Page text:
The BC SPCA is taking the unusual step of holding mandatory public information sessions before the adoption of nearly two dozen dogs seized from a Langley, B.C., puppy mill.

Twenty three of the 66 dogs and puppies removed from the property on Feb. 4 have been medically cleared and are ready to be placed in forever homes.

But due to the overwhelming interest in the dogs – and their potential emotional difficulties – the animal welfare agency is requiring potential adopters attend one of three information sessions on Wednesday at Vancouver Community College. 

The sessions discuss the potential special care these purebred pups may require in their new home. The dogs won’t be at the session but shelter staff will be made available to discuss each of the dogs in detail.

“We want to get the pups into homes as soon as possible but we want people to understand the psychological hurdles these dogs face,” says community relations manager Lorie Chortyk.

“We just really want this to be a success, that these animals have a great adoption.”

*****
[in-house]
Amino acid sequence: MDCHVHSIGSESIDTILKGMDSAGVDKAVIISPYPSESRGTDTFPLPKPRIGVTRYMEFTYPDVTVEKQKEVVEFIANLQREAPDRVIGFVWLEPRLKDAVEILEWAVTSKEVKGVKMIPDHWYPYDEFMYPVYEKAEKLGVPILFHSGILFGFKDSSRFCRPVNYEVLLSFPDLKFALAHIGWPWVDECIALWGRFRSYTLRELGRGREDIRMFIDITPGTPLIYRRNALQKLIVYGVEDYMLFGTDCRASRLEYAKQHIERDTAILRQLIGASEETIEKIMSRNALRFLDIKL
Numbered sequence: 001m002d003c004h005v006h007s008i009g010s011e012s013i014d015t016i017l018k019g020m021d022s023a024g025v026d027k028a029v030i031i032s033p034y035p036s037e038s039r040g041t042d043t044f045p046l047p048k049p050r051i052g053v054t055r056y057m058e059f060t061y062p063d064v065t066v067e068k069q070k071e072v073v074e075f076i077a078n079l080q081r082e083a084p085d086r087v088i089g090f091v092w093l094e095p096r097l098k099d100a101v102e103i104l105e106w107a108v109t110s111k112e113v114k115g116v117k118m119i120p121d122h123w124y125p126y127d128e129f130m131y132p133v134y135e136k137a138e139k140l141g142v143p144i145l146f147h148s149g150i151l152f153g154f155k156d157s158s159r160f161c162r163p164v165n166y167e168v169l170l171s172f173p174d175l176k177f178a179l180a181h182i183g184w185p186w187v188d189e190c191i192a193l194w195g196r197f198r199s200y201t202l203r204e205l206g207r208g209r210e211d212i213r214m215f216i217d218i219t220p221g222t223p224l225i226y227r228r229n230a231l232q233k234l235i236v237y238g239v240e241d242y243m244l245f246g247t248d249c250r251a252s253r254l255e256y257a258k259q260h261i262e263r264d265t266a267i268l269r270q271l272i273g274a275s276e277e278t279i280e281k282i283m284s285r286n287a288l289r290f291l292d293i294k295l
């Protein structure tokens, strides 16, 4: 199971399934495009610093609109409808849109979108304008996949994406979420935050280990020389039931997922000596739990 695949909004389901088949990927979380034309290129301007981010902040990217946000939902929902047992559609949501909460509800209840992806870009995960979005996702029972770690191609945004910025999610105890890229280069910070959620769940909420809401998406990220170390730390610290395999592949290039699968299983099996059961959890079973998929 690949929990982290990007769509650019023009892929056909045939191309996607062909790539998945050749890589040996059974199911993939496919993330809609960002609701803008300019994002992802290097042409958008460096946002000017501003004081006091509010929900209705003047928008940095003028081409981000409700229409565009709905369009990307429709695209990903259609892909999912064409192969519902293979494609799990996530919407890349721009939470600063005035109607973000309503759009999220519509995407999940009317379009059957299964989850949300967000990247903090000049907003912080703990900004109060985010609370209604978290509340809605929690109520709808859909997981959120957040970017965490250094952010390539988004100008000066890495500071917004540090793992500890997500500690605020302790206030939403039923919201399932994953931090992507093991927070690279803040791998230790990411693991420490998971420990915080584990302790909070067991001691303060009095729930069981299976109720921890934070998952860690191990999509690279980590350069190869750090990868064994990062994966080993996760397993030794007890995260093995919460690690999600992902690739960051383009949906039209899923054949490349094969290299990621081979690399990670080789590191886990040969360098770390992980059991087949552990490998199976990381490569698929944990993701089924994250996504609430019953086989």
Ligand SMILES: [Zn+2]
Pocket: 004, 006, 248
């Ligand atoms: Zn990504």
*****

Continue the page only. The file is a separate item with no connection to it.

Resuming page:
The adult dogs include eight Wheaton terriers, three Old English sheepdogs, three Portuguese water dogs, one Bernese mountain dog and one standard poodle.

The puppies include five 11-week-old standard poodle puppies and two five-month-old Portuguese water dogs.

Animals rescued from puppy mills often experience emotional and psychological issues, often because they are not socialized around people.

The two most common issues are compulsive behaviours that isolated dogs develop as a coping mechanism in their environment: pacing back and forth, and spinning.

Others struggle with house soiling, because they’ve never been house trained.

“Other times they are very fearful in the home, and even putting a leash on a dog can be very stressful because they haven’t had any experience with human touch. They freeze up,” said Chortyk.

Each dog is different and Chortyk emphasizes that the behaviours are manageable, but will require patience, love and training. The SPCA just wants potential adopters to go in with their eyes open before opening their home to these pups.

“They are affectionate and loving and fun but they haven’t had the best start in life,” she said.

The BC SPCA has received thousands of calls and emails about the pups, and more will be up for adoption in coming weeks.

The sessions will be held at 4:30 p.m., 6 p.m. and 7:30 p.m. in Room 1228B at Vancouver Community College, 1155 East Broadway. Pre-registration is required at

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